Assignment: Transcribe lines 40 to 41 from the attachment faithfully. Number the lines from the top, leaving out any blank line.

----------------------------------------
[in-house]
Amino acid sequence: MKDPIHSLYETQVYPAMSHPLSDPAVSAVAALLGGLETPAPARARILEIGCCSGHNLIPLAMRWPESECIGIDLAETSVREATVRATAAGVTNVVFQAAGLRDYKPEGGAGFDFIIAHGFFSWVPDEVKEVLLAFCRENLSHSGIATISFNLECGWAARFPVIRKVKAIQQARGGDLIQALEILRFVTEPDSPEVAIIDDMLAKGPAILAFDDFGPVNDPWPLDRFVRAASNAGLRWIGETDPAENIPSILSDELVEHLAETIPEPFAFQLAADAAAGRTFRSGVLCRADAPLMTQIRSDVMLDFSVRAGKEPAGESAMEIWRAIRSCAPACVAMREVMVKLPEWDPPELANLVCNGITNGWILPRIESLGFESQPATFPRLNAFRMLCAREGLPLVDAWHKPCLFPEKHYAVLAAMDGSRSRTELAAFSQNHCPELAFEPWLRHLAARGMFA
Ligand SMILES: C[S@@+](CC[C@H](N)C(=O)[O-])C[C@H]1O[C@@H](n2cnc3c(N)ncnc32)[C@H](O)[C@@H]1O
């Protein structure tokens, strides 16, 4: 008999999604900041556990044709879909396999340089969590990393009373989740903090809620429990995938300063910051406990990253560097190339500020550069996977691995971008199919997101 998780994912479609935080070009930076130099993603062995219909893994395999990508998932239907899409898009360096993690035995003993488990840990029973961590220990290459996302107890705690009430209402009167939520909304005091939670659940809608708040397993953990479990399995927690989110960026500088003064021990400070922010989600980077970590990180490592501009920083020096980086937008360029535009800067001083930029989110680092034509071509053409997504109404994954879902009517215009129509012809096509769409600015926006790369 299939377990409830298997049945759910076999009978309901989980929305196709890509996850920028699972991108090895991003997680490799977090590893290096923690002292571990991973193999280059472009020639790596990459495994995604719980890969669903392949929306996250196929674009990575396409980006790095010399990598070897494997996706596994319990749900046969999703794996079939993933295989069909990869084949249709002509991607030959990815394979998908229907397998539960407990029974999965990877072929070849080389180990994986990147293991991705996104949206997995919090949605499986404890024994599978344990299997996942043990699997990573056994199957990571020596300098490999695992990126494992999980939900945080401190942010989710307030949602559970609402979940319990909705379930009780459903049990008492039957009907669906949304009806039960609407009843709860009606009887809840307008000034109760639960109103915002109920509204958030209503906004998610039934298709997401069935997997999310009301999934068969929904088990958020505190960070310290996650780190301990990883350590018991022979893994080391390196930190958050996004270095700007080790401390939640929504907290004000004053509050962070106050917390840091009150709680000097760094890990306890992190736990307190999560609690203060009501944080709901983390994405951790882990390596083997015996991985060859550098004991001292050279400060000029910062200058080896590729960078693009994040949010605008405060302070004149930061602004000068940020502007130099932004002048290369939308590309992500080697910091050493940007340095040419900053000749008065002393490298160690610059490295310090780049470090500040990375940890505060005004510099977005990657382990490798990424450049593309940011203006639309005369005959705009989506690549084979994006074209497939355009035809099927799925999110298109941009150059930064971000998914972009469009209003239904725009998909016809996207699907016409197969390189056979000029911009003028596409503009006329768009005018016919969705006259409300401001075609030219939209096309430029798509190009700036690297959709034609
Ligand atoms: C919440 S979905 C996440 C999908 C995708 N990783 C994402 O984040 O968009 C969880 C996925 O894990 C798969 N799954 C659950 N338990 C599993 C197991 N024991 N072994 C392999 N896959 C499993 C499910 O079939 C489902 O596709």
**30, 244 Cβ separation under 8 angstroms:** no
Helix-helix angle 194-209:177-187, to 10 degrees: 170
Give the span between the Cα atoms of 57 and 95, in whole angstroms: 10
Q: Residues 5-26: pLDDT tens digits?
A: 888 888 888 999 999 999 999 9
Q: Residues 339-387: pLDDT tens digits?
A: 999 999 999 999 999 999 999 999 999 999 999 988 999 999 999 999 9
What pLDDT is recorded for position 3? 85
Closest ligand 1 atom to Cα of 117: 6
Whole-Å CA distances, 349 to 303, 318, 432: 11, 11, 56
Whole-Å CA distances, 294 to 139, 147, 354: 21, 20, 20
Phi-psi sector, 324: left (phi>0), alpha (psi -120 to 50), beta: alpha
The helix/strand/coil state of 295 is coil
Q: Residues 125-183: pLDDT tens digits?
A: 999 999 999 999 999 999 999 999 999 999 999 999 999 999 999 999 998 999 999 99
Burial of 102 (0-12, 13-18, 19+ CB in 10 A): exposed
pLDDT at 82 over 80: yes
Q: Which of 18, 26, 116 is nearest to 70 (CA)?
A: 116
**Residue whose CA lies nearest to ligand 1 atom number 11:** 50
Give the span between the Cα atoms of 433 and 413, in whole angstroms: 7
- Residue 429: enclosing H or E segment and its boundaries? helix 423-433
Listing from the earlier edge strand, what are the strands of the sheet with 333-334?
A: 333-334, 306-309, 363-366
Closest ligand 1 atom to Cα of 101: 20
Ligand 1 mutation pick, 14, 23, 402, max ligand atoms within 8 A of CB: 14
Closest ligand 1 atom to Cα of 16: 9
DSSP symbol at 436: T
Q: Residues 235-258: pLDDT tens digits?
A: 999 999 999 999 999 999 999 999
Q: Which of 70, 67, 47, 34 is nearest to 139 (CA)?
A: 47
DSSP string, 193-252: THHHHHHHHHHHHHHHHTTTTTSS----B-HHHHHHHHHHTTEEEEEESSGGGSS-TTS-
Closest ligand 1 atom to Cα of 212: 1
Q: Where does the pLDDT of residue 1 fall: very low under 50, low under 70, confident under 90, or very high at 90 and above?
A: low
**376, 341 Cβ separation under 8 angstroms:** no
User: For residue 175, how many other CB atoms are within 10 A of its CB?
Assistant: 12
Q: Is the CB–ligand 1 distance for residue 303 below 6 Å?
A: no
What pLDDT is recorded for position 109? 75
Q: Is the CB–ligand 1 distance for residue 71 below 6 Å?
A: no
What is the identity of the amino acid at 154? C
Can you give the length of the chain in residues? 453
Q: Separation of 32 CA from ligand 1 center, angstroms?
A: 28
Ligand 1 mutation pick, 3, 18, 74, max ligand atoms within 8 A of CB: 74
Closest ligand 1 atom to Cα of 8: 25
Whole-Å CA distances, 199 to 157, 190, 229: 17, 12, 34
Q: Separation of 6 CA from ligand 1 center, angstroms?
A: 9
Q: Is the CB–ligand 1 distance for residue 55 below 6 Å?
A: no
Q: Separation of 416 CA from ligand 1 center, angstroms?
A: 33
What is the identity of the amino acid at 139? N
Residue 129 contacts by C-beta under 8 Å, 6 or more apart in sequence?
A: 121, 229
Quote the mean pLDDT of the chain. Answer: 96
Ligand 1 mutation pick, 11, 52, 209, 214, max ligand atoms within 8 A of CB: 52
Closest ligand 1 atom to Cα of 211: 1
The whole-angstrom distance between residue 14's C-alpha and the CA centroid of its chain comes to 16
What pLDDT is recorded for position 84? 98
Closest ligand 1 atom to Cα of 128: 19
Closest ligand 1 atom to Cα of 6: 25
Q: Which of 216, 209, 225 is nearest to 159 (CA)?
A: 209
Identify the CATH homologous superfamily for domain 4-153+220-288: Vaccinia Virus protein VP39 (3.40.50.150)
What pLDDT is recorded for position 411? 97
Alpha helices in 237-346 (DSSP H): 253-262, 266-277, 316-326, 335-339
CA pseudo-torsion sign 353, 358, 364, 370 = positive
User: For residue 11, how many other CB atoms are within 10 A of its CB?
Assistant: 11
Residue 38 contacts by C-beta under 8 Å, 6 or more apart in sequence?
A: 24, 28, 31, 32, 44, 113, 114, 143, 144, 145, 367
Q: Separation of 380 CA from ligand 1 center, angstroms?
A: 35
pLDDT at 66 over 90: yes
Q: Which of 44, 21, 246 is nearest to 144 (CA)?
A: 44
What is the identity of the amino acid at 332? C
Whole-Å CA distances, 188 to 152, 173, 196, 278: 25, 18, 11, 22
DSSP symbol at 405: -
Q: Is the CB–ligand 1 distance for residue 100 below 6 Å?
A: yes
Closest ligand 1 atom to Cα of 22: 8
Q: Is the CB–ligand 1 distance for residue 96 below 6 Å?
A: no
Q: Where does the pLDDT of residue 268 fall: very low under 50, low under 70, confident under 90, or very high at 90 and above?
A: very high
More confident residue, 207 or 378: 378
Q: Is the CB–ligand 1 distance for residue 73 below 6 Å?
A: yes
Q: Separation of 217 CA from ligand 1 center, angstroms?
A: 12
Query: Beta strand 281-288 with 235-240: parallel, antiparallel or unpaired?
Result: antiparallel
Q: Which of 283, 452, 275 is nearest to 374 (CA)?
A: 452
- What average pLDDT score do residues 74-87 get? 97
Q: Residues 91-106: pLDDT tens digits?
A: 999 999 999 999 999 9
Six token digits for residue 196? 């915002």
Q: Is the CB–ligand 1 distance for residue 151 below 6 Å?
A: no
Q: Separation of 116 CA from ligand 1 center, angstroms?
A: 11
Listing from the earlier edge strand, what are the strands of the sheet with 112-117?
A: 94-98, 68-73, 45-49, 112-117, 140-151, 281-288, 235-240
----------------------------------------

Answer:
Q: Where does the pLDDT of residue 1 fall: very low under 50, low under 70, confident under 90, or very high at 90 and above?
A: low